By Robert Lynch
The pod seal slid open; air whooshed in as the hermetic seal popped, red flashes and sirens assaulted Meg’s senses. Her eyes struggled to open; she was dehydrated, her muscles sluggish. She pulled herself up from the pod. The head rush nearly knocked her out, were it not for the stabbing pain in her temples as a migraine tore through her head.
She could hear her pulse in her ears; it was fast. She was slick with sweat, burning with fever.
She took a breath. She had air; she had time to slow down and assess. Listen to the training. She took a second breath. Her pulse eased, slightly.
She knew what was happening. She was presenting with the symptoms of lightspeed sickness. She had to get to the AutoDoc; no time for questions. Not even to wonder how she could have got lightspeed sickness while in hypersleep.
Meg climbed out of the pod, her feet unable to hold her body weight; she slid slowly to the floor. It was more comfortable lying down; her head didn’t hurt so much. As she crawled the red flashes were interrupted by white flashes. White flashes were not part of the emergency system. She looked at the window but could see nothing from her vantage point on the floor. It didn’t matter right now anyway; she had to get to the AutoDoc. The medbay wasn’t far.
The crawl seemed to take forever, although she probably covered the ground in a couple of minutes, Meg climbed up onto the AutoDoc chair. The display, sensing a patient, moved into view and read out the problems and diagnoses. Lightspeed sickness was top of the list. She tapped the consent button for procedures related to that illness. Hypodermic needles came out of the chair arm and expertly found her veins. Saline and a drug cocktail began to make her feel a lot better.
She instinctively went to grab her communicator, then realised that she was still in her hypersleep suit, so she dropped the AutoDoc screen to common functions and called the bridge.
“This is Meg,” she said, “What the hell is going on?”
“Lieutenant,” the computer’s voice said, “The crew is incapacitated, we were attacked at lightspeed, and I initiated defensive manoeuvres.”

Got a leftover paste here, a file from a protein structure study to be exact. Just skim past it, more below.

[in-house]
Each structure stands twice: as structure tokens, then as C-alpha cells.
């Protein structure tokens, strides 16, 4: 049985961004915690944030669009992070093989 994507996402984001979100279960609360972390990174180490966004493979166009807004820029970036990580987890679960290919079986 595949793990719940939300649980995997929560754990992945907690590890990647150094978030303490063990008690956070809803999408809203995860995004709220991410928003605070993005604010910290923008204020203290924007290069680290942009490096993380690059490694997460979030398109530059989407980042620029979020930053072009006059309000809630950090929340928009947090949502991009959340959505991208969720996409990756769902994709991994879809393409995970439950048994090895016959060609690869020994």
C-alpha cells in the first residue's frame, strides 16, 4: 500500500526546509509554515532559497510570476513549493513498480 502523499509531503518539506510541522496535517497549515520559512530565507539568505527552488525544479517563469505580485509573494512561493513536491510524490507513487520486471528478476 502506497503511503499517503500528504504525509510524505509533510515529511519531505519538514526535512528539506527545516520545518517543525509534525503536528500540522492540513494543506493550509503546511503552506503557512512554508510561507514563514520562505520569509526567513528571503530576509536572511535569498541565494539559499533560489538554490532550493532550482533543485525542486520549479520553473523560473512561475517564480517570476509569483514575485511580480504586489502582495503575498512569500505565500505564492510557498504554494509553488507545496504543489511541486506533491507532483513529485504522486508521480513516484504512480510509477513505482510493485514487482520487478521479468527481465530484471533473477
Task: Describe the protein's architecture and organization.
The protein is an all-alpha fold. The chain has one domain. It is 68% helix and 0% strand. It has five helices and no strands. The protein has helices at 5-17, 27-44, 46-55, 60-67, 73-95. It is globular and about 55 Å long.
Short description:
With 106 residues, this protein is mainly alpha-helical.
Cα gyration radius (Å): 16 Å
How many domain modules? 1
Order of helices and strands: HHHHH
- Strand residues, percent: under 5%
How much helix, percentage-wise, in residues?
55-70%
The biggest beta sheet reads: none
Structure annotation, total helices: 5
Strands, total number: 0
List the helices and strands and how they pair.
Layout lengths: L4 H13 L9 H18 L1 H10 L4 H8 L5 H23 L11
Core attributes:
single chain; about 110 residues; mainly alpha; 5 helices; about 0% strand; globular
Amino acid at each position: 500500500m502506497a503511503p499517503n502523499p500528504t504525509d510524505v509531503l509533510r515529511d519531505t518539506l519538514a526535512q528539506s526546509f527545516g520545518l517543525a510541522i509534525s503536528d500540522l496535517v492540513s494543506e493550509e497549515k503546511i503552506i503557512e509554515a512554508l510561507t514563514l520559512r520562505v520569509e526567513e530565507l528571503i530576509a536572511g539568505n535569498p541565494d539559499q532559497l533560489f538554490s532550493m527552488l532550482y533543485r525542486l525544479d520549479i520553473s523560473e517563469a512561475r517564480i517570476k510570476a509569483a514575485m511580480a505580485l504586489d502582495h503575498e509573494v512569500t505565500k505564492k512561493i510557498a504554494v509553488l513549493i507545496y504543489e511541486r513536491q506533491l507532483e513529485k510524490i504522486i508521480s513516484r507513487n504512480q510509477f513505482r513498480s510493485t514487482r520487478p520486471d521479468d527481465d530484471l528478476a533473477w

“Why wake me up?” Meg asked, “Surely the Captain should be the first one awake?”
“He was.” The computer replied. “The ship is still at near lightspeed and decelerating, he was immediately afflicted with lightspeed sickness and even with first aid treatment he succumbed. You were awakened as the closest pod to the AutoDoc; you can get proper acclimatised care before helping him.”
“So I’m the most senior officer awake?” Meg asked.
“Affirmative.” The computer confirmed.
“Lightspeed sickness can be deadly if not treated, how long has the Captain been out?” Meg asked.
“94 minutes.” The computer told her. “Internal sensors show a weak pulse.”
“How long before I can get out of the ‘Doc and help him?” Meg asked.
“Recommended fluid intake is 125mL/hour.” The computer said.
“Yeah, but you can push it,” Meg said, recalling the first aid training. “The quicker I can grab the Captain and get him in the ‘Doc, the better. Get it out me as quick as you can, override the safeties if you have to.”
“As you wish.” The computer said.
Five minutes later, Meg was pulling the Captain through the ship and onto the AutoDoc.
“The Captain’s readings are erratic. It will take time to stabilise him, 6 hours at least. Until that time, I cannot revive anyone else.”
“Right,” Meg said. “So I’m in charge. This is going to be an interesting report; I’m what 47th in line for command or something?”
“39th,” the computer corrected.
“Running the ship, alone, in battle, during a deceleration. Fun,” Meg said. “Speaking of the battle, what the hell is going on?”